Photo: Michael Zellmann-Rohrer exhibits papyrus fragments at the Bancroft Library

DH Fellow Michael Zellmann-Rohrer, PhD candidate in Classics and Medieval Studies, is building a new database of Greek and Latin incantations to support his dissertation. The Digital Corpus of Texts for the Study of Magical Ritual gathers together 2,000 texts, including Greek sources from the fifth century B.C. through modern Greece, as well as Latin sources from Roman antiquity through the Middle Ages. Among the texts are spells for protection, healing, curses, and erotic power. Zellmann-Rohrer is interested in how elements of these incantations were recombined, remixed, and reshuffled across time and through different cultures.

Papyrology, Zellmann-Rohrer explained, has benefited greatly from the integration of digital tools. “You’re dealing with hundreds of thousands of texts, many formulaic in nature. It’s really useful to be able to gather them in a database for comparison.” Zellmann-Rohrer noted that many materials are widely dispersed, spread out in library collection over Europe and the Americas. Incantations appear in a variety of materials, such as manuscripts and papyrus handbooks, and gem and papyrus amulets. With the support of a collaborative research grant from Digital Humanities at Berkeley, Zellmann-Rohrer has commissioned facsimiles from archives around the world in order to expand the contents of his database. Zellmann-Rohrer has been developing the collection in consultation with Todd Hickey, Associate Professor of Classics and Director of the Center for the Tebtunis Papyri, which will house the facsimiles for other UC Berkeley researchers to use once Zellman-Rohrer has transcribed their contents into his database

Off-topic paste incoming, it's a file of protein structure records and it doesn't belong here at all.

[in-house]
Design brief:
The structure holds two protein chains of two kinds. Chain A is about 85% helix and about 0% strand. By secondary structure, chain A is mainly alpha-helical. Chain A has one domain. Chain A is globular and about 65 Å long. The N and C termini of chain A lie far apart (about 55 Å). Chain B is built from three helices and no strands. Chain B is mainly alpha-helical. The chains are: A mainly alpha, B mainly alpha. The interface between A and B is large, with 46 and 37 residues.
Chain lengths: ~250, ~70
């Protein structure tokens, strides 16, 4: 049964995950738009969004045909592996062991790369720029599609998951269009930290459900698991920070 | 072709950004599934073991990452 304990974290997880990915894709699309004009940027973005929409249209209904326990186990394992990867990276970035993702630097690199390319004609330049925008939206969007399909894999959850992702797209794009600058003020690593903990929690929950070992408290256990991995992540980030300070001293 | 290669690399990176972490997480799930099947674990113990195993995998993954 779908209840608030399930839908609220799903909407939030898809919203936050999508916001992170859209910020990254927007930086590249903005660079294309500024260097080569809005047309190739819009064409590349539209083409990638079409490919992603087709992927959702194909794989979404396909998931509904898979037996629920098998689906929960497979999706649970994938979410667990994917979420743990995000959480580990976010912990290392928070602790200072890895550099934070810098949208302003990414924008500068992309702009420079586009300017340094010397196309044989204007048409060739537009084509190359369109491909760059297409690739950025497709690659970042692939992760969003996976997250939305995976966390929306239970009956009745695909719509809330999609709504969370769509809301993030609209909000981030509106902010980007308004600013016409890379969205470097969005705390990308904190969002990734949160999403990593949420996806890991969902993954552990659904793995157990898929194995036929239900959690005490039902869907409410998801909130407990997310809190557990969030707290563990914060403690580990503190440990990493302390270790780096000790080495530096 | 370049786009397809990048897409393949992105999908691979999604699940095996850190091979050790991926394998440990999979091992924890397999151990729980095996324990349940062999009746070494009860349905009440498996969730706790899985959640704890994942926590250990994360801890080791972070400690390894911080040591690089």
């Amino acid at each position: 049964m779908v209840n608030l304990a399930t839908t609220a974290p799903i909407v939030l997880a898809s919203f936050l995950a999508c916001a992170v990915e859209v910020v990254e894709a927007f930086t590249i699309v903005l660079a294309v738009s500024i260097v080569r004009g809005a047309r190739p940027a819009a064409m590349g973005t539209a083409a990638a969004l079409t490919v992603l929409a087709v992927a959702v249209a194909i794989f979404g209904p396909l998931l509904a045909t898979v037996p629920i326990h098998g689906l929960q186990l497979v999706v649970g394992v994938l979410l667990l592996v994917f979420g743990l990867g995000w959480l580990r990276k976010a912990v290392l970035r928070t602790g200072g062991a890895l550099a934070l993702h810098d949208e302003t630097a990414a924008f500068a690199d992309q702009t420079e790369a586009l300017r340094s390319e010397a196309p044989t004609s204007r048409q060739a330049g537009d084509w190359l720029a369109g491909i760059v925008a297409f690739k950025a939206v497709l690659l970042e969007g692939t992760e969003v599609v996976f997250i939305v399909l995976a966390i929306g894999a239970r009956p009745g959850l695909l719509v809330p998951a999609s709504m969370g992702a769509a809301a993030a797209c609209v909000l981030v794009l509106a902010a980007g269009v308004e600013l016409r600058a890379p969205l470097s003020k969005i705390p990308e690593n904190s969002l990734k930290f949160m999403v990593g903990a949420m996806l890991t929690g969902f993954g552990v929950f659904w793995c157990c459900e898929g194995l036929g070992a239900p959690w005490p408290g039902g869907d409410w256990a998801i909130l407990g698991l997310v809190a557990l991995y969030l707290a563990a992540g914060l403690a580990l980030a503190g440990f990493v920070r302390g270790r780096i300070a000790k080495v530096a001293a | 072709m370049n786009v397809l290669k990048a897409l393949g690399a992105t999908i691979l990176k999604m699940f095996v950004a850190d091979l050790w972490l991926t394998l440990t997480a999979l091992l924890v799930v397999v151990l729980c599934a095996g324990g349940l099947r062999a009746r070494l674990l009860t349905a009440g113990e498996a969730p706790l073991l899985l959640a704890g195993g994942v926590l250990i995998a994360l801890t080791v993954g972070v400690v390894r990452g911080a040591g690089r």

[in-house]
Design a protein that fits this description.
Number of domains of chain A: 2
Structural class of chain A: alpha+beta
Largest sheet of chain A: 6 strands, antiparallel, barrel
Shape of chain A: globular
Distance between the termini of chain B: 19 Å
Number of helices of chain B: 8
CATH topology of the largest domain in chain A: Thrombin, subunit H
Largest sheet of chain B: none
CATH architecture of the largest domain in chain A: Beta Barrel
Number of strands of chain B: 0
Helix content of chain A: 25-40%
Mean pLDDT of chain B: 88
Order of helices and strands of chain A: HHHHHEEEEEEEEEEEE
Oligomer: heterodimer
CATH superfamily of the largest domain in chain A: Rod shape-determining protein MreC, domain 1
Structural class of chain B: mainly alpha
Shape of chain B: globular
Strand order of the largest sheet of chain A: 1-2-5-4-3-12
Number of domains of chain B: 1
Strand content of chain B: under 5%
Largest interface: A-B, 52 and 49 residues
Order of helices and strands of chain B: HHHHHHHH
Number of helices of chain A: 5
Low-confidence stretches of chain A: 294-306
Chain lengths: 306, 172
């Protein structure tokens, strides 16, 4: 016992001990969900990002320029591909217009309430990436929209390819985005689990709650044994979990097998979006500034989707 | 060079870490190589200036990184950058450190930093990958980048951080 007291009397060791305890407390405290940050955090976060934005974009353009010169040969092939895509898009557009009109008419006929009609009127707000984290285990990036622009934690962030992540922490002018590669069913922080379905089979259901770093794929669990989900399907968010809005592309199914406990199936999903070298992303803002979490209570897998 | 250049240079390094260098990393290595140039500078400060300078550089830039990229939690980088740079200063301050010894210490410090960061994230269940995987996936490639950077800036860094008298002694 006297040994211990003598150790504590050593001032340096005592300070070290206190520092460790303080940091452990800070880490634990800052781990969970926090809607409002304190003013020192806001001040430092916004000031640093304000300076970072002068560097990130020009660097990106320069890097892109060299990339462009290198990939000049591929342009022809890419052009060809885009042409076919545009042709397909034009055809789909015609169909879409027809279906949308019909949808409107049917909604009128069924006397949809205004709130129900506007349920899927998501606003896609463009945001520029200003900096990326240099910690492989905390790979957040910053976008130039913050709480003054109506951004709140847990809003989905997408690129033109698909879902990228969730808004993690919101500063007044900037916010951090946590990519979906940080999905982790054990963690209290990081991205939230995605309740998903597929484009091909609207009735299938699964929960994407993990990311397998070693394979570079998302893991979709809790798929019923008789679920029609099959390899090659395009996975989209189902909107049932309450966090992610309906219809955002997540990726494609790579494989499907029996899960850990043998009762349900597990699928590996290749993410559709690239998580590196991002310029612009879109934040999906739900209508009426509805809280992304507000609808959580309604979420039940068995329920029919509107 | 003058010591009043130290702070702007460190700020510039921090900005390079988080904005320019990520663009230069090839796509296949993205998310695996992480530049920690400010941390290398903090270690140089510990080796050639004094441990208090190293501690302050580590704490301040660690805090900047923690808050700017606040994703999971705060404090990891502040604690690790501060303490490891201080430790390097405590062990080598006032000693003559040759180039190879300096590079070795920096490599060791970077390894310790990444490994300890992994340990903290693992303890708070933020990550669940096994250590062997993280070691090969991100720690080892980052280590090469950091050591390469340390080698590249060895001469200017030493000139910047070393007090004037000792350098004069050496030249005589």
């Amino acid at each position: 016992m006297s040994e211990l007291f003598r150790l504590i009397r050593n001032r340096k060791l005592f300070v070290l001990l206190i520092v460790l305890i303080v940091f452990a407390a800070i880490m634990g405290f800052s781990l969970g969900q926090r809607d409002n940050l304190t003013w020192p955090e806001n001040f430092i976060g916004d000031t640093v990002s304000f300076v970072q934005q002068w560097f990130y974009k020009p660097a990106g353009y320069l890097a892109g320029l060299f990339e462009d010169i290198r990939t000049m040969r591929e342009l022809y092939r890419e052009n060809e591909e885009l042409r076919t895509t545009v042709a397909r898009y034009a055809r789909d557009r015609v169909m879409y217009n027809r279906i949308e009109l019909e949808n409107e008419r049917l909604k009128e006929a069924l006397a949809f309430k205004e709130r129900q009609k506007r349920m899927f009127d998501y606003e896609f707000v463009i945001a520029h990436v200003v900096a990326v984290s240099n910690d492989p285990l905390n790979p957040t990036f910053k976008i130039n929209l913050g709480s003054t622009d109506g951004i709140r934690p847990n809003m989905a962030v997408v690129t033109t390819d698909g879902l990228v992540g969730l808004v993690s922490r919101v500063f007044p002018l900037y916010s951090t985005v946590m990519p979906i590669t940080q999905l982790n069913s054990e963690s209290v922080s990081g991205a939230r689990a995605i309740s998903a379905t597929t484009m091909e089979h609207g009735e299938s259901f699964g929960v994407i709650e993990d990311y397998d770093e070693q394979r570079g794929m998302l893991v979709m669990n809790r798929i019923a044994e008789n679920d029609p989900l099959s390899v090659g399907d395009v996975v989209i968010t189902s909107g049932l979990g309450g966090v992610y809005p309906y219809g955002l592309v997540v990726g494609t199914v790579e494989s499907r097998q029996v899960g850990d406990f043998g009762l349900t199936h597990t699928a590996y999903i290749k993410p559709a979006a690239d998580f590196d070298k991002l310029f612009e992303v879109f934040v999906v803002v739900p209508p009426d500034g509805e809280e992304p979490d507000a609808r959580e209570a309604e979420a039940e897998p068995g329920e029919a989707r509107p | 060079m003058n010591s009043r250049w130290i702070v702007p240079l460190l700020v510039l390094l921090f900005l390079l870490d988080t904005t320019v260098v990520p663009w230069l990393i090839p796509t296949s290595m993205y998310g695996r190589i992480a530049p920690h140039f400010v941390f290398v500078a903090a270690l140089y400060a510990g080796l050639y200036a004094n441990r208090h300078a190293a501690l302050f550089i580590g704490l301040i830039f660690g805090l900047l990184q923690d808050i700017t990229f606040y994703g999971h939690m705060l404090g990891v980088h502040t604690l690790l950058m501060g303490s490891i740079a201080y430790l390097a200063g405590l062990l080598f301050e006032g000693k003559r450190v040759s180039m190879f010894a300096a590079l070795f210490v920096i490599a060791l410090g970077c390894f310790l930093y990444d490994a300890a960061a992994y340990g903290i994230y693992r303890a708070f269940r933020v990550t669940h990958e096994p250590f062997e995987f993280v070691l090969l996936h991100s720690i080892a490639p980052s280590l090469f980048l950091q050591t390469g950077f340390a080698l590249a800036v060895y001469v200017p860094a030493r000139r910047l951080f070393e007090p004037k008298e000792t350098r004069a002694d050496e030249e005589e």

Zellmann-Rohrer began with a collection of research materials stored in Microsoft Word. As he began thinking about more sustainable ways to organize and share these materials, he attended a Drupal site-building workshop taught by DH Fellow Rochelle Terman at the D-Lab. After walking through the basics of configuring a Drupal site, Zellmann-Rohrer worked with DH consultant Quinn Dombrowski to sketch out the information architecture for his database. Zellmann-Rohrer explained that his initial data entry in Word produced exhaustive, but inconsistent metadata. Working with Dombrowski, Zellmann-Rohrer considered various ways develop a controlled vocabulary and merge and split metadata categories to make querying the database more useful and intuitive. The database now includes transcriptions and metadata on the date, source, and transmission of the text, and (if applicable) information about the artifact it was inscribed on.

As the project grows with Zellmann-Rohrer’s research, he hopes to incorporate Coptic and Aramaic texts he has also gathered and work collaboratively with other scholars to curate and translate texts.

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Image: Michael Zellmann-Rohrer and collaborator Todd Hickey exhibit several papyrus fragments to DH visitors at the Bancroft Library